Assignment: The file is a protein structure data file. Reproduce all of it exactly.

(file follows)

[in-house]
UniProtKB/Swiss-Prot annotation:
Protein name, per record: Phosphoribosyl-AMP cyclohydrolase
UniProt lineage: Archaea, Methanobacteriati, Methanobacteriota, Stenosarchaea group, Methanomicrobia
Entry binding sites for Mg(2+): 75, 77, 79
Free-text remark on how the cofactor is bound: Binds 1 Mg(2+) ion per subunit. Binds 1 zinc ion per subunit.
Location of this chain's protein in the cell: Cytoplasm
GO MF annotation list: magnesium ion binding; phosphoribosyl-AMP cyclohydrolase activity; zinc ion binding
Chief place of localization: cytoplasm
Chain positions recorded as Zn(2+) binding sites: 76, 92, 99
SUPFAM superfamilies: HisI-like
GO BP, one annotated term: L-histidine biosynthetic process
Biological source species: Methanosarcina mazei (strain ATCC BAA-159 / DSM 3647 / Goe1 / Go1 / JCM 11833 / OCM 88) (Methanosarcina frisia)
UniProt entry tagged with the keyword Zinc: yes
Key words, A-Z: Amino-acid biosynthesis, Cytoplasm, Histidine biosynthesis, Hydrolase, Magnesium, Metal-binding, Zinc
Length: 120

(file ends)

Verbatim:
[in-house]
UniProtKB/Swiss-Prot annotation:
Protein name, per record: Phosphoribosyl-AMP cyclohydrolase
UniProt lineage: Archaea, Methanobacteriati, Methanobacteriota, Stenosarchaea group, Methanomicrobia
Entry binding sites for Mg(2+): 75, 77, 79
Free-text remark on how the cofactor is bound: Binds 1 Mg(2+) ion per subunit. Binds 1 zinc ion per subunit.
Location of this chain's protein in the cell: Cytoplasm
GO MF annotation list: magnesium ion binding; phosphoribosyl-AMP cyclohydrolase activity; zinc ion binding
Chief place of localization: cytoplasm
Chain positions recorded as Zn(2+) binding sites: 76, 92, 99
SUPFAM superfamilies: HisI-like
GO BP, one annotated term: L-histidine biosynthetic process
Biological source species: Methanosarcina mazei (strain ATCC BAA-159 / DSM 3647 / Goe1 / Go1 / JCM 11833 / OCM 88) (Methanosarcina frisia)
UniProt entry tagged with the keyword Zinc: yes
Key words, A-Z: Amino-acid biosynthesis, Cytoplasm, Histidine biosynthesis, Hydrolase, Magnesium, Metal-binding, Zinc
Length: 120